Plus, the company makes it very easy for users to self-diagnose issues and resolve them without tech support. The tech support regime behind Statusbrew is also a plus, with user-praised customer support, tech support, and resolution teams and resources. The mobile application available for free for Android and Apple devices are additionally well designed, offering users a premium experience. Stability and reliability for both the browser-based desktop and mobile iterations of the software do not appear to be an issue, and. the app syncs well with data cross-platforms with little to no latency.
Integrations and the limitations of low-tier subscriptions
Statusbrew has several native integrations with external software to augment the experience, funnel data into the platform, and integrate other tools in a marketing stack. The platform can integrate with Slack, Google Suite, and others, for example. However, there are limitations on the integrations allowed for users based on their subscription tiers. Being a significant sty on Statusbrew’s otherwise stellar review score, we view these limitations to be very discouraging for users seeking a premium social media management tool. For example, the “Independent” plan has no integrations with any software or web-hook service. It isn’t until users decide to subscribe to the marked-up “Business” plan that they receive integration services for Slack and Bit.ly. This model governs this aspect of the subscriptions, granting more integration services and custom APIs for “Enterprise” customers only. Plus, the selection of native integrations built for Statusbrew is minimal compared to the Hootsuite app directory of 155 integrations and software plugins.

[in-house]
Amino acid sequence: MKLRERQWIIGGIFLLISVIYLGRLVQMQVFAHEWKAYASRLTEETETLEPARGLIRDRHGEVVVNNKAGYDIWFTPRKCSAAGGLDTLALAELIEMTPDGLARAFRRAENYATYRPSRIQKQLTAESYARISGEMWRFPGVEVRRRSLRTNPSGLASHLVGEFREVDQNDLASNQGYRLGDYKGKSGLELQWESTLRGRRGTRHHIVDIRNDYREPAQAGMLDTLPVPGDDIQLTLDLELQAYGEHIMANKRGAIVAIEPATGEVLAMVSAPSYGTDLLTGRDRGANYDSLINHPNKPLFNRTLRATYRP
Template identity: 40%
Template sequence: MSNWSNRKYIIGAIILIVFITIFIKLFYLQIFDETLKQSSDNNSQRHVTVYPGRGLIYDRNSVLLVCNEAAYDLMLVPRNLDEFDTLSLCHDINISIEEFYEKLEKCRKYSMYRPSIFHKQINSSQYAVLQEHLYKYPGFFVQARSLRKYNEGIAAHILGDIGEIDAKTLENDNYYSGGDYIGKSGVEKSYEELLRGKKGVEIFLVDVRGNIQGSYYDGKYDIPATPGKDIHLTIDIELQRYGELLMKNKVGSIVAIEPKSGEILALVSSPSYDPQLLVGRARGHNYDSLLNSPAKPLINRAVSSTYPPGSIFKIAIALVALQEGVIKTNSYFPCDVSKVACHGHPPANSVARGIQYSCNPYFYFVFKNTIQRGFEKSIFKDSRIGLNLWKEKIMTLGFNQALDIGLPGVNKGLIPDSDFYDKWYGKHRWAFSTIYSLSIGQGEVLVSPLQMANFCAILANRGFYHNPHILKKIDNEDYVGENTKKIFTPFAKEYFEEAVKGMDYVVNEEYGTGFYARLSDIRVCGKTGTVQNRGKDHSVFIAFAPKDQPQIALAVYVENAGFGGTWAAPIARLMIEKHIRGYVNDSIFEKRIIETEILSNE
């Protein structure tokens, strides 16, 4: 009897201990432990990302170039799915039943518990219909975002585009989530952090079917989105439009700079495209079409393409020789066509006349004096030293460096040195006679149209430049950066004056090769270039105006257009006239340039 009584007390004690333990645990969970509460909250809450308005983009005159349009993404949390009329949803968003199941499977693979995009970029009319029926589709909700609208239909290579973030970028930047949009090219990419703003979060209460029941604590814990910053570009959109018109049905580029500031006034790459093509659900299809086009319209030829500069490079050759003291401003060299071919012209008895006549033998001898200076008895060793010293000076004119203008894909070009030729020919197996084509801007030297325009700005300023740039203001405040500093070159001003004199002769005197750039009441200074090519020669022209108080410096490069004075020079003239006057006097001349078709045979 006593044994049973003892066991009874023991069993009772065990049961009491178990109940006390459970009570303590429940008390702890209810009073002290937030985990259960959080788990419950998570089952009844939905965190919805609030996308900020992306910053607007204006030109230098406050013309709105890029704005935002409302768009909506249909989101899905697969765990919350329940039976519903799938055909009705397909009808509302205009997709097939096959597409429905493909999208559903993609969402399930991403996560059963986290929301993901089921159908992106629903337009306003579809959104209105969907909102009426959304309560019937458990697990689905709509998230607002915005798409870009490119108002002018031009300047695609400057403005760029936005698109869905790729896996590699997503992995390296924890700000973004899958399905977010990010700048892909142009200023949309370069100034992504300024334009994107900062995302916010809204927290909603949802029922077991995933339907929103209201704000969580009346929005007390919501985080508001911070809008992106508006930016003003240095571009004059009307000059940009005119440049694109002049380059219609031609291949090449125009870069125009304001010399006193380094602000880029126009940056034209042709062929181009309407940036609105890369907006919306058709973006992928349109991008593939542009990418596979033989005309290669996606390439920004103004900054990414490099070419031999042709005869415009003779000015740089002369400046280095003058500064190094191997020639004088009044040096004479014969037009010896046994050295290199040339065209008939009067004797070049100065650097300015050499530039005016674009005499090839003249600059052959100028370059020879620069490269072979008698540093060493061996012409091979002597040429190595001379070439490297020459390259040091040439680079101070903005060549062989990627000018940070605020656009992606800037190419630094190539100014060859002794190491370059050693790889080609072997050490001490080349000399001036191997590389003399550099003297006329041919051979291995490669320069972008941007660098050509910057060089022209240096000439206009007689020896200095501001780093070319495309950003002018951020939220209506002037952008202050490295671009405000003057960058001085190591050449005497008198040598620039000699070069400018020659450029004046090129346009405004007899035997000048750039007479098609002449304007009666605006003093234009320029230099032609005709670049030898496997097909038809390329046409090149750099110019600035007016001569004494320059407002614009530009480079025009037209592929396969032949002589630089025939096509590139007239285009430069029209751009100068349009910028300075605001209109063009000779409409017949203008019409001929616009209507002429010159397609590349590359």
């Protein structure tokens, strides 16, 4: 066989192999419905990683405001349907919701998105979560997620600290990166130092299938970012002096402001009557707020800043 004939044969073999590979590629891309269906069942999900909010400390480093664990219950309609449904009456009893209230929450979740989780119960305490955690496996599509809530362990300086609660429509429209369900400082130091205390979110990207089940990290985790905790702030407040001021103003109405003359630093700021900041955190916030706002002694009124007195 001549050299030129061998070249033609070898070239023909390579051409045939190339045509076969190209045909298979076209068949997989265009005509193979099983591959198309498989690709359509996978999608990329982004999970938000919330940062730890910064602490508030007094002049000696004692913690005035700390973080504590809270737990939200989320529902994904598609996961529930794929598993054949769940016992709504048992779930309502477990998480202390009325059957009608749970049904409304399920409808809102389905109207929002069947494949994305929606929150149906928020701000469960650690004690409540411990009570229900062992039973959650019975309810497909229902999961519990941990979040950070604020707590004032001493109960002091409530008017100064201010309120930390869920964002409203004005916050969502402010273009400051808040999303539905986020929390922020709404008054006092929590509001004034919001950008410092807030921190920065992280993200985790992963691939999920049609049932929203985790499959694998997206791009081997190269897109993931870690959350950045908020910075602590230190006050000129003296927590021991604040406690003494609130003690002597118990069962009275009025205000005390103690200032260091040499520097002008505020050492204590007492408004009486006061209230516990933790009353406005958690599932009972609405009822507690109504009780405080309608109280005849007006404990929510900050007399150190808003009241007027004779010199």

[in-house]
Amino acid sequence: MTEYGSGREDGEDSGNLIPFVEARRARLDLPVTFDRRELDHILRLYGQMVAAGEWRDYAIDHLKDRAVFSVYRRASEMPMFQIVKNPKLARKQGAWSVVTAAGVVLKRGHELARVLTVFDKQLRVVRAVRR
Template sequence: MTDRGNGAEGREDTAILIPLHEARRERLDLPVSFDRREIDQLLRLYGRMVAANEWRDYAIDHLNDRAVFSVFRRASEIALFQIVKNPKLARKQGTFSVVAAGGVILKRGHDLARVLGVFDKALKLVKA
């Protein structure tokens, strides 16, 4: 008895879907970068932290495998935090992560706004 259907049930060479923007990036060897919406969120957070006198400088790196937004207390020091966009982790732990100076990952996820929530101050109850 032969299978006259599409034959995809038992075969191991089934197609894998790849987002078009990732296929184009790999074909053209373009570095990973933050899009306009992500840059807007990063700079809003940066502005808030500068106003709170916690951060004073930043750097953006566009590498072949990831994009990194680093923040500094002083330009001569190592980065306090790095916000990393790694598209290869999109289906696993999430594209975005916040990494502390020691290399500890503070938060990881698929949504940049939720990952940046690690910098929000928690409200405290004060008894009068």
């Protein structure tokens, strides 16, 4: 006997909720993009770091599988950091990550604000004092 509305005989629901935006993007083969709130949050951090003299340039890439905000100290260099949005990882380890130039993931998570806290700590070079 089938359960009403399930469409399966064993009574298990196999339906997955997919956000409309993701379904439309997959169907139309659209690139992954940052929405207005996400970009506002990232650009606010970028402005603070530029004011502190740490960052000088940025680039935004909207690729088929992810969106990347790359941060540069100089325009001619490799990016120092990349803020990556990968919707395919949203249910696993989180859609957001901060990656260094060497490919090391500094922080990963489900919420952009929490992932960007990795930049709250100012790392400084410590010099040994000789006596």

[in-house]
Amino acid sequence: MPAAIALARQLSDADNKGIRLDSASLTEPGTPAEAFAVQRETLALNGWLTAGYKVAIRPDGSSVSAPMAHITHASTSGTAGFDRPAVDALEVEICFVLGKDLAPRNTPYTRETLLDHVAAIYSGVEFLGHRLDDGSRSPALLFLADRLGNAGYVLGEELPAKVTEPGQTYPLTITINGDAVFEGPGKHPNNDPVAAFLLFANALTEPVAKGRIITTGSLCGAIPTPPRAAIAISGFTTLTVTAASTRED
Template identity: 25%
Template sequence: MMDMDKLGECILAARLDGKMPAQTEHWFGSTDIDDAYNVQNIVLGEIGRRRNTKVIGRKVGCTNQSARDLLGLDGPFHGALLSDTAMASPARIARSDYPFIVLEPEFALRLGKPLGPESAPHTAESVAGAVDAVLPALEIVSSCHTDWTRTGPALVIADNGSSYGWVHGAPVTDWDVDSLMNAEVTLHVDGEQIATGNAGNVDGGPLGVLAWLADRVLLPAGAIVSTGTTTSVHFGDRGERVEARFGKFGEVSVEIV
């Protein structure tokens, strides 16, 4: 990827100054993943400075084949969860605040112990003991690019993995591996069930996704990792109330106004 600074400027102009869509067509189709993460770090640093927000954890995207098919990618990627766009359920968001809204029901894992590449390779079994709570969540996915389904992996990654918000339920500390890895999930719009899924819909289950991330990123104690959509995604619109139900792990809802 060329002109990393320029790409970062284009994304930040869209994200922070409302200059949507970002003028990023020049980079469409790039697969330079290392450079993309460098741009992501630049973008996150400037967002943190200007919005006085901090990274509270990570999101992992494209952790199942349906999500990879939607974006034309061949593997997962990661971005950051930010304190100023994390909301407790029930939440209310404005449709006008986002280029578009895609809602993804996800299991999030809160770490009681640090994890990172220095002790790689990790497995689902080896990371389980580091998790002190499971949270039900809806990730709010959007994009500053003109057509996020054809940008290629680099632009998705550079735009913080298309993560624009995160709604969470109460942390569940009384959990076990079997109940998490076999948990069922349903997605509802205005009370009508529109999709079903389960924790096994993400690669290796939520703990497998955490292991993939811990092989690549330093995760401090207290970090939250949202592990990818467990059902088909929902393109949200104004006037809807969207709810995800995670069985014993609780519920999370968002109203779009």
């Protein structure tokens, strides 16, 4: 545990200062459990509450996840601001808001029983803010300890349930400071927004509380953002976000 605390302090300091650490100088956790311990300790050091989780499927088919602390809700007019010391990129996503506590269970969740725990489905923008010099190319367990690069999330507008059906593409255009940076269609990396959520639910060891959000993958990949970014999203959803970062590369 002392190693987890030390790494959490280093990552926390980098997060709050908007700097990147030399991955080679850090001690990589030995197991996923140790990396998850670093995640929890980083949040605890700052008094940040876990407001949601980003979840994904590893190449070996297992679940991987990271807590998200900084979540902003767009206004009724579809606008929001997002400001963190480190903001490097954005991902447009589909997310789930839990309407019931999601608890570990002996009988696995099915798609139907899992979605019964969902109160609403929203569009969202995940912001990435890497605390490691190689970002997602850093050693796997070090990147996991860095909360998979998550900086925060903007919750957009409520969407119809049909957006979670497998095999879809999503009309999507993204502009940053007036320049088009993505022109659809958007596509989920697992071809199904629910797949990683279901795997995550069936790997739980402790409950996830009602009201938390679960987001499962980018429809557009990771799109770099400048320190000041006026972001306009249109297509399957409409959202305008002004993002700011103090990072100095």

Though Statusbrew doesn’t have a “free” plan, it is still competitively priced with the majority of services and features promised in a subscription included without additional costs. Plans begin with the Independent tier at $25 per month, billed annually. Then, the Business plan is $100 per month, the Professional plan is $416 per month, and Enterprise plan pricing available by consultation. All plans are charged annually.
Compared to Hootsuite, Statusbrew is cheaper, with Hootsuite offering paid plans beginning at $29 per month to $599 per month. Keep in mind, Hootsuite’s plans provide a higher value with user accounts and social media profile quantities; however, the markup isn’t worth it for most organizations. Given our readership of DIY-campaigners, activists, and bargain hunters, Statusbrew will get the job done at their current price points. Statusbrew also out beats Sprout Social on price by a long shot. Statusbrew plans begin only at $25 per month while Sprout Social plans start at $99 per month.
What we think
Statusbrew is a true “Hootsuite alternative.” Users who are seeking to save just a few dollars but have access to a broad, premium social media management experience should go with this platform. With the design and user satisfaction marks alone, it’s easy to overlook the integration limitations and some of the shortcomings associated with augmenting the user experience. Statusbrew is still a champ in its own right, nonetheless.